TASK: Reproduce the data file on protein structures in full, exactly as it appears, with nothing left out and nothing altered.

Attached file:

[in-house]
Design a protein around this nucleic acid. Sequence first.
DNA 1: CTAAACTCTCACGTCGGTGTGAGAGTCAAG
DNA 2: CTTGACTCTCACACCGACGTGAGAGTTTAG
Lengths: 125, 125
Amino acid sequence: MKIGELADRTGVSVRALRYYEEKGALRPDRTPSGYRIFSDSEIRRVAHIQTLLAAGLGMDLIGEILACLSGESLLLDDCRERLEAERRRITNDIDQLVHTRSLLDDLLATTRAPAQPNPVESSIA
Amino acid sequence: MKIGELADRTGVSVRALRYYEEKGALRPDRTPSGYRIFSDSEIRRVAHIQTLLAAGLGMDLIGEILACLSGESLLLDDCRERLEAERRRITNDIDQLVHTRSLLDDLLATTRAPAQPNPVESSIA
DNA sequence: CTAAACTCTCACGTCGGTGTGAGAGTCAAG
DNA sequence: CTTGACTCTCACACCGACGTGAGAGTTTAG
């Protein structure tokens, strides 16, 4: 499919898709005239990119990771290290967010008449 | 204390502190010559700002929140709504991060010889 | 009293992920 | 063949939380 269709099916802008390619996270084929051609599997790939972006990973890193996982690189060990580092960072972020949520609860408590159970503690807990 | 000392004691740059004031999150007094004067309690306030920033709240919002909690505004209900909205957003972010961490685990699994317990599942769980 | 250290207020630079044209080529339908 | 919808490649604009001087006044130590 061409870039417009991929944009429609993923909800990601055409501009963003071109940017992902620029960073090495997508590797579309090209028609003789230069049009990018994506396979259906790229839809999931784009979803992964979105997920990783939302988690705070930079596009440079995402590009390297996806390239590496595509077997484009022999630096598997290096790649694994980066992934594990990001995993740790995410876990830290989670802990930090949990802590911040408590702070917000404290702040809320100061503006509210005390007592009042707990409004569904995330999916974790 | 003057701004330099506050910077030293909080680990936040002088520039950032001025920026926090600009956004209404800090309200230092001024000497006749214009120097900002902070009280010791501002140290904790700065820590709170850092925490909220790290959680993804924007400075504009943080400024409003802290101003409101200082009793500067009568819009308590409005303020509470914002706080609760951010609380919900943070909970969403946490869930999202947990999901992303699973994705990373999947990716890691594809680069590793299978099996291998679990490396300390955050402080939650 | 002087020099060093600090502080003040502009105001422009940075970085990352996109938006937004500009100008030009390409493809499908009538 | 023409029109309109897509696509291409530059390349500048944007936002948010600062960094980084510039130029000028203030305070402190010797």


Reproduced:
[in-house]
Design a protein around this nucleic acid. Sequence first.
DNA 1: CTAAACTCTCACGTCGGTGTGAGAGTCAAG
DNA 2: CTTGACTCTCACACCGACGTGAGAGTTTAG
Lengths: 125, 125
Amino acid sequence: MKIGELADRTGVSVRALRYYEEKGALRPDRTPSGYRIFSDSEIRRVAHIQTLLAAGLGMDLIGEILACLSGESLLLDDCRERLEAERRRITNDIDQLVHTRSLLDDLLATTRAPAQPNPVESSIA
Amino acid sequence: MKIGELADRTGVSVRALRYYEEKGALRPDRTPSGYRIFSDSEIRRVAHIQTLLAAGLGMDLIGEILACLSGESLLLDDCRERLEAERRRITNDIDQLVHTRSLLDDLLATTRAPAQPNPVESSIA
DNA sequence: CTAAACTCTCACGTCGGTGTGAGAGTCAAG
DNA sequence: CTTGACTCTCACACCGACGTGAGAGTTTAG
């Protein structure tokens, strides 16, 4: 499919898709005239990119990771290290967010008449 | 204390502190010559700002929140709504991060010889 | 009293992920 | 063949939380 269709099916802008390619996270084929051609599997790939972006990973890193996982690189060990580092960072972020949520609860408590159970503690807990 | 000392004691740059004031999150007094004067309690306030920033709240919002909690505004209900909205957003972010961490685990699994317990599942769980 | 250290207020630079044209080529339908 | 919808490649604009001087006044130590 061409870039417009991929944009429609993923909800990601055409501009963003071109940017992902620029960073090495997508590797579309090209028609003789230069049009990018994506396979259906790229839809999931784009979803992964979105997920990783939302988690705070930079596009440079995402590009390297996806390239590496595509077997484009022999630096598997290096790649694994980066992934594990990001995993740790995410876990830290989670802990930090949990802590911040408590702070917000404290702040809320100061503006509210005390007592009042707990409004569904995330999916974790 | 003057701004330099506050910077030293909080680990936040002088520039950032001025920026926090600009956004209404800090309200230092001024000497006749214009120097900002902070009280010791501002140290904790700065820590709170850092925490909220790290959680993804924007400075504009943080400024409003802290101003409101200082009793500067009568819009308590409005303020509470914002706080609760951010609380919900943070909970969403946490869930999202947990999901992303699973994705990373999947990716890691594809680069590793299978099996291998679990490396300390955050402080939650 | 002087020099060093600090502080003040502009105001422009940075970085990352996109938006937004500009100008030009390409493809499908009538 | 023409029109309109897509696509291409530059390349500048944007936002948010600062960094980084510039130029000028203030305070402190010797």